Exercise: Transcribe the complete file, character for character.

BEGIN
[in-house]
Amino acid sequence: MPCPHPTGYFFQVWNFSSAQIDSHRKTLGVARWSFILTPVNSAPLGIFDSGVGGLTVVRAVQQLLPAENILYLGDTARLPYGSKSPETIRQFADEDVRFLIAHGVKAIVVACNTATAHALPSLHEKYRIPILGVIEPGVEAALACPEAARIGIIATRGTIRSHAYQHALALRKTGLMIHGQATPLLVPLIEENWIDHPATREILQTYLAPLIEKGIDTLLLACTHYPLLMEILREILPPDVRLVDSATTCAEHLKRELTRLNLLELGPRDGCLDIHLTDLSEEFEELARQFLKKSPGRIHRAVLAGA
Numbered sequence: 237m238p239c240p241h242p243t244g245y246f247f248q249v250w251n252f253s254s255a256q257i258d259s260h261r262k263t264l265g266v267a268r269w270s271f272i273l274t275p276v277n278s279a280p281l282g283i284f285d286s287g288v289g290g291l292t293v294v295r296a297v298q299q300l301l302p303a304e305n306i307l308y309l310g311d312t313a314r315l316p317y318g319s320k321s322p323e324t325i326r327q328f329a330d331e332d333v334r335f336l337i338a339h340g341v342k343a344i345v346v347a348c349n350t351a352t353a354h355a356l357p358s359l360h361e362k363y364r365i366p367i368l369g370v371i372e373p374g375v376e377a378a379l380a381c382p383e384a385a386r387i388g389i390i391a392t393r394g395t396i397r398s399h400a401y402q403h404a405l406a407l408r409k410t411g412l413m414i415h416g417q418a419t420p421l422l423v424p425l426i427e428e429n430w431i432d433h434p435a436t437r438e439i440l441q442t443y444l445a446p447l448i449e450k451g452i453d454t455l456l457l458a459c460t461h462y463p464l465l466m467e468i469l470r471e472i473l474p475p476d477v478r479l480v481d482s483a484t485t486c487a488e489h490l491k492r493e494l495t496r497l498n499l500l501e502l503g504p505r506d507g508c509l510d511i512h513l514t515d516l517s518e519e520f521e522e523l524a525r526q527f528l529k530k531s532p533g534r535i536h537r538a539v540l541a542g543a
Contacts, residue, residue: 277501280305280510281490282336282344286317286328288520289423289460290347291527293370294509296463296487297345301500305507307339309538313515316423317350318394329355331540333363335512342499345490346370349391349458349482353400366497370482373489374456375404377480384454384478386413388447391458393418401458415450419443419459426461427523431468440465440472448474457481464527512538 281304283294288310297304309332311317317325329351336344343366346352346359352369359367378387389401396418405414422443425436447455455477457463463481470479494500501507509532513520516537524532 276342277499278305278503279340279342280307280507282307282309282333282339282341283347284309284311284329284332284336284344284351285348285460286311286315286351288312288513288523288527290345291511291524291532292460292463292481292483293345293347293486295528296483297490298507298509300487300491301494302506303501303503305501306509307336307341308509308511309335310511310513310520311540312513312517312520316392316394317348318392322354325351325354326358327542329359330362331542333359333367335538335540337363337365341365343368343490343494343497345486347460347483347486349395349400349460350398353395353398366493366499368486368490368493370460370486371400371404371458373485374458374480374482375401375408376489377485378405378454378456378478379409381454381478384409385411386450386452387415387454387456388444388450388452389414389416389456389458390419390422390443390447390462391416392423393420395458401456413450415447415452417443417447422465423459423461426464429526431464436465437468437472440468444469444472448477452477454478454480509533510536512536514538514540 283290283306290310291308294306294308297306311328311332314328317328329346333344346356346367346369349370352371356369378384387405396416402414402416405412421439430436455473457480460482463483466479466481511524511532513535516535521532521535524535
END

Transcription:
[in-house]
Amino acid sequence: MPCPHPTGYFFQVWNFSSAQIDSHRKTLGVARWSFILTPVNSAPLGIFDSGVGGLTVVRAVQQLLPAENILYLGDTARLPYGSKSPETIRQFADEDVRFLIAHGVKAIVVACNTATAHALPSLHEKYRIPILGVIEPGVEAALACPEAARIGIIATRGTIRSHAYQHALALRKTGLMIHGQATPLLVPLIEENWIDHPATREILQTYLAPLIEKGIDTLLLACTHYPLLMEILREILPPDVRLVDSATTCAEHLKRELTRLNLLELGPRDGCLDIHLTDLSEEFEELARQFLKKSPGRIHRAVLAGA
Numbered sequence: 237m238p239c240p241h242p243t244g245y246f247f248q249v250w251n252f253s254s255a256q257i258d259s260h261r262k263t264l265g266v267a268r269w270s271f272i273l274t275p276v277n278s279a280p281l282g283i284f285d286s287g288v289g290g291l292t293v294v295r296a297v298q299q300l301l302p303a304e305n306i307l308y309l310g311d312t313a314r315l316p317y318g319s320k321s322p323e324t325i326r327q328f329a330d331e332d333v334r335f336l337i338a339h340g341v342k343a344i345v346v347a348c349n350t351a352t353a354h355a356l357p358s359l360h361e362k363y364r365i366p367i368l369g370v371i372e373p374g375v376e377a378a379l380a381c382p383e384a385a386r387i388g389i390i391a392t393r394g395t396i397r398s399h400a401y402q403h404a405l406a407l408r409k410t411g412l413m414i415h416g417q418a419t420p421l422l423v424p425l426i427e428e429n430w431i432d433h434p435a436t437r438e439i440l441q442t443y444l445a446p447l448i449e450k451g452i453d454t455l456l457l458a459c460t461h462y463p464l465l466m467e468i469l470r471e472i473l474p475p476d477v478r479l480v481d482s483a484t485t486c487a488e489h490l491k492r493e494l495t496r497l498n499l500l501e502l503g504p505r506d507g508c509l510d511i512h513l514t515d516l517s518e519e520f521e522e523l524a525r526q527f528l529k530k531s532p533g534r535i536h537r538a539v540l541a542g543a
Contacts, residue, residue: 277501280305280510281490282336282344286317286328288520289423289460290347291527293370294509296463296487297345301500305507307339309538313515316423317350318394329355331540333363335512342499345490346370349391349458349482353400366497370482373489374456375404377480384454384478386413388447391458393418401458415450419443419459426461427523431468440465440472448474457481464527512538 281304283294288310297304309332311317317325329351336344343366346352346359352369359367378387389401396418405414422443425436447455455477457463463481470479494500501507509532513520516537524532 276342277499278305278503279340279342280307280507282307282309282333282339282341283347284309284311284329284332284336284344284351285348285460286311286315286351288312288513288523288527290345291511291524291532292460292463292481292483293345293347293486295528296483297490298507298509300487300491301494302506303501303503305501306509307336307341308509308511309335310511310513310520311540312513312517312520316392316394317348318392322354325351325354326358327542329359330362331542333359333367335538335540337363337365341365343368343490343494343497345486347460347483347486349395349400349460350398353395353398366493366499368486368490368493370460370486371400371404371458373485374458374480374482375401375408376489377485378405378454378456378478379409381454381478384409385411386450386452387415387454387456388444388450388452389414389416389456389458390419390422390443390447390462391416392423393420395458401456413450415447415452417443417447422465423459423461426464429526431464436465437468437472440468444469444472448477452477454478454480509533510536512536514538514540 283290283306290310291308294306294308297306311328311332314328317328329346333344346356346367346369349370352371356369378384387405396416402414402416405412421439430436455473457480460482463483466479466481511524511532513535516535521532521535524535